Eye-shaped markings at the edges of butterfly wings stop predators from striking vital body parts.
Kathleen Prudic, now at Oregon State University in Corvallis, and her team let praying mantids (Tenodera sinensis) feed on Bicyclus anynana butterflies, which have small, drab eyespots in the dry season and larger, brighter spots in the wet season.
The mantids more readily detected wet-season butterflies than dry-season ones, but were less successful at capturing them because they tended to attack the wings rather than the body. Butterflies with wet-season wings lived longer and laid more eggs in the presence of mantids than did their dry-season fellows.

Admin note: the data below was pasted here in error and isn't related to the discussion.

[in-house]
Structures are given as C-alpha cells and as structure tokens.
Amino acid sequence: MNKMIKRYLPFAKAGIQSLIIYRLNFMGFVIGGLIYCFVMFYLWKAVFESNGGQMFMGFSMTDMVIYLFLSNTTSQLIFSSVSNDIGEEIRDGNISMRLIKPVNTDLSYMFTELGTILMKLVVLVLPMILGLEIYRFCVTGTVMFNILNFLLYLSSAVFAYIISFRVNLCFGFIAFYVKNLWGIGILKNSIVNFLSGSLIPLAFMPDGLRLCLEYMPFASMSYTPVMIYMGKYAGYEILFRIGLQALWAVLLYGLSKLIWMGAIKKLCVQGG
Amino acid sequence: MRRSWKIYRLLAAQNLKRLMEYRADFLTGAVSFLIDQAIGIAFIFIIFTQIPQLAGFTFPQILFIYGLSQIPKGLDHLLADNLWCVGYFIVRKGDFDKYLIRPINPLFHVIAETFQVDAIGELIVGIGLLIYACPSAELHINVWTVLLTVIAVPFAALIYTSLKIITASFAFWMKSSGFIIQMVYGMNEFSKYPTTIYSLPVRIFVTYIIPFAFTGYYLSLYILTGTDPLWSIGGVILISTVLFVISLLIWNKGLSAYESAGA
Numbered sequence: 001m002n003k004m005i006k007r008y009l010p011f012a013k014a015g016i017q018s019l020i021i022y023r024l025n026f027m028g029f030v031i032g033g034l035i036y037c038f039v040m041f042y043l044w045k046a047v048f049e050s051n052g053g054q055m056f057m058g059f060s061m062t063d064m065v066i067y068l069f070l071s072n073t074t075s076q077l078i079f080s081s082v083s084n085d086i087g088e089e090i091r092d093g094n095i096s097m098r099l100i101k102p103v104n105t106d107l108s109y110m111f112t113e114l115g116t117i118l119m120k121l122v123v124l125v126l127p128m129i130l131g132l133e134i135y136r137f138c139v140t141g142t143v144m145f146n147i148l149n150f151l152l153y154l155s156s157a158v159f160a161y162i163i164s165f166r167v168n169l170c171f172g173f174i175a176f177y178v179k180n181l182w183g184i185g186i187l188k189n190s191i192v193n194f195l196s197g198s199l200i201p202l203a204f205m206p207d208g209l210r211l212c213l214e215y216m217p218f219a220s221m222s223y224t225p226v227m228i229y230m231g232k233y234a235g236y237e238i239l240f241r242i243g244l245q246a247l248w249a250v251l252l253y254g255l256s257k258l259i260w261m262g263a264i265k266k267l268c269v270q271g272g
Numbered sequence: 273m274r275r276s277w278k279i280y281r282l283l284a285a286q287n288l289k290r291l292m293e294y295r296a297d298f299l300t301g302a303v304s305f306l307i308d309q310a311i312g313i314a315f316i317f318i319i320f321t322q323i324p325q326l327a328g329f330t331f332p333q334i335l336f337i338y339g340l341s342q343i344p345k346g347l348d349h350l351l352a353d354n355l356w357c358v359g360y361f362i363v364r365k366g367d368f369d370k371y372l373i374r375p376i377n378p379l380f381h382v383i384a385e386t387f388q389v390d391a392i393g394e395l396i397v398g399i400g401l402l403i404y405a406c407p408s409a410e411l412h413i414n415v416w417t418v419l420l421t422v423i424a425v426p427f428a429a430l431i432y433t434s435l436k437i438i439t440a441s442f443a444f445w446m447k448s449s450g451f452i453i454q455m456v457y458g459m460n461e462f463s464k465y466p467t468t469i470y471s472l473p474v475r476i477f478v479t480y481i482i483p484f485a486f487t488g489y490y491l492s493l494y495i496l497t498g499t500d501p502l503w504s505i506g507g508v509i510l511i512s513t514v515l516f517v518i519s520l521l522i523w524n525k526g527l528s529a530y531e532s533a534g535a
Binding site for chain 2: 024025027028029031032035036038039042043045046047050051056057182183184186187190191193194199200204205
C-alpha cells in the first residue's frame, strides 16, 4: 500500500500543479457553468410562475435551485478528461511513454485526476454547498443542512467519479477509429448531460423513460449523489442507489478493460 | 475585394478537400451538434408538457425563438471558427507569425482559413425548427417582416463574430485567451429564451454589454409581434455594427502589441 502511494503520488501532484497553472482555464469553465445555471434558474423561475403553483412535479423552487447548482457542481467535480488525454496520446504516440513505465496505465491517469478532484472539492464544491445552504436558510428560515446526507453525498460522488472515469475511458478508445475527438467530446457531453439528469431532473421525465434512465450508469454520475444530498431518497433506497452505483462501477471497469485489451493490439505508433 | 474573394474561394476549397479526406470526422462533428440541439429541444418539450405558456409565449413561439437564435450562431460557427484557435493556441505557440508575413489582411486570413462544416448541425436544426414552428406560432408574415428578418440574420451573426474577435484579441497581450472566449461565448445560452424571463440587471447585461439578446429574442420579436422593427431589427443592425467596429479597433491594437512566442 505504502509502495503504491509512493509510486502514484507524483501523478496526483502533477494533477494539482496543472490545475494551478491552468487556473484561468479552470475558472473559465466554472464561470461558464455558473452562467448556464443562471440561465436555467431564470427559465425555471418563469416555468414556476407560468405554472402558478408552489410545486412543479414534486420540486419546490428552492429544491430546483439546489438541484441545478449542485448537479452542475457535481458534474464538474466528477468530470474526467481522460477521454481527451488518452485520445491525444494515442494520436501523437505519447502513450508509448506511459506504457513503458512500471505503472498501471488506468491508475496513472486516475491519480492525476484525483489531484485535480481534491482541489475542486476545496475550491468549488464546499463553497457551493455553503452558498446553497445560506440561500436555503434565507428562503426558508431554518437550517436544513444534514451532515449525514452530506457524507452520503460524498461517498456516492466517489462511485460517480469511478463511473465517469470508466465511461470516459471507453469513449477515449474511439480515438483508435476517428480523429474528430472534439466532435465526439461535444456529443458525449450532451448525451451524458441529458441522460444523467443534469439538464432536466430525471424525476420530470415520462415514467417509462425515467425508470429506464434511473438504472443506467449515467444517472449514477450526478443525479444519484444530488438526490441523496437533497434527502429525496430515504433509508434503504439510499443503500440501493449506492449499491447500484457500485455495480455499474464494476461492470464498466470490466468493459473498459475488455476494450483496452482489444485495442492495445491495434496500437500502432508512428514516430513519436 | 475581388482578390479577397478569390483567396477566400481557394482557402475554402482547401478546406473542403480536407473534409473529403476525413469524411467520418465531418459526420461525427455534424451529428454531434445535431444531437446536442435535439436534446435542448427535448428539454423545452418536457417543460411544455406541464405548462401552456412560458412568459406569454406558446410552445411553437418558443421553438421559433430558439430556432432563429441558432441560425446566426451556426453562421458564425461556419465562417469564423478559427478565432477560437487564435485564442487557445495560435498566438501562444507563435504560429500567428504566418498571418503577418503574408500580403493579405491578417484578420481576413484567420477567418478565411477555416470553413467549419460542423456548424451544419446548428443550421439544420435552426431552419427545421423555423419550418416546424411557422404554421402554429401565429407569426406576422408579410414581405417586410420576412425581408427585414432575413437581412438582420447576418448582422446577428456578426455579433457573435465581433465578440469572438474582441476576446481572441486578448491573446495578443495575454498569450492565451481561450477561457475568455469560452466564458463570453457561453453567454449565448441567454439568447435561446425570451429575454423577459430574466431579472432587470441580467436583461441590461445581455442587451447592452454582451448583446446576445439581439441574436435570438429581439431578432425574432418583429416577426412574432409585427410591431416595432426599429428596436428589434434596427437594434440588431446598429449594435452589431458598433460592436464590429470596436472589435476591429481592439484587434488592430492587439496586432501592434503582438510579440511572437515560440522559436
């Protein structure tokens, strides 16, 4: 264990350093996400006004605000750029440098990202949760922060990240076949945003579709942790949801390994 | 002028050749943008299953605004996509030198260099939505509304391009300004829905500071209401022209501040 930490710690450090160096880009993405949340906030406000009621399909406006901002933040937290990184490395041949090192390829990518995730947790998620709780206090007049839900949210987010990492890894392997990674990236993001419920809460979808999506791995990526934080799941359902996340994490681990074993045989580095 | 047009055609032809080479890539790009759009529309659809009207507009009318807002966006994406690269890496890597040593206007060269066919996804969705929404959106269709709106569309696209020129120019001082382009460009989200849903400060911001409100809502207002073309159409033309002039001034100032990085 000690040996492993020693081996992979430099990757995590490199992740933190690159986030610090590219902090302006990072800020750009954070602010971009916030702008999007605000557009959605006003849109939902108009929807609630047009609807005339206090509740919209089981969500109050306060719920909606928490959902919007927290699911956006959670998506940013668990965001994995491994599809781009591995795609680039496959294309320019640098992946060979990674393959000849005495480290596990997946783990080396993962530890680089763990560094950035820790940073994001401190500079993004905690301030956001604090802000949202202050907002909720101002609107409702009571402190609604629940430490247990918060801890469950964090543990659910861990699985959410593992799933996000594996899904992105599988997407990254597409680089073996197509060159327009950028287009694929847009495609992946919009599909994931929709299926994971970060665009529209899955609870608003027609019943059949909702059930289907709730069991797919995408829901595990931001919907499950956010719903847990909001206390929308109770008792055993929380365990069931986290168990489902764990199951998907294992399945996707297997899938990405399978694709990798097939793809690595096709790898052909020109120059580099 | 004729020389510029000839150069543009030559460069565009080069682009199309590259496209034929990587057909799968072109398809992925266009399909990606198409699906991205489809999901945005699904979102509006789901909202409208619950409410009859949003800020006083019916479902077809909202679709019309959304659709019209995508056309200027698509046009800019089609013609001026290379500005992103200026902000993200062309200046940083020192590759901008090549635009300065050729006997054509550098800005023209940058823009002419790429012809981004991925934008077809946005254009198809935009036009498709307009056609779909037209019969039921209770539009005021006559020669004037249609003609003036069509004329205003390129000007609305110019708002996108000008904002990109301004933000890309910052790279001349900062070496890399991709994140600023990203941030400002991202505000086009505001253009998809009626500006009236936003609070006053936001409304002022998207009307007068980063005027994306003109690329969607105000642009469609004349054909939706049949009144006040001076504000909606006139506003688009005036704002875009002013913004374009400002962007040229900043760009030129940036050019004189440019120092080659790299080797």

Even dry-season butterflies with large bright spots pasted on their wings showed these fitness benefits.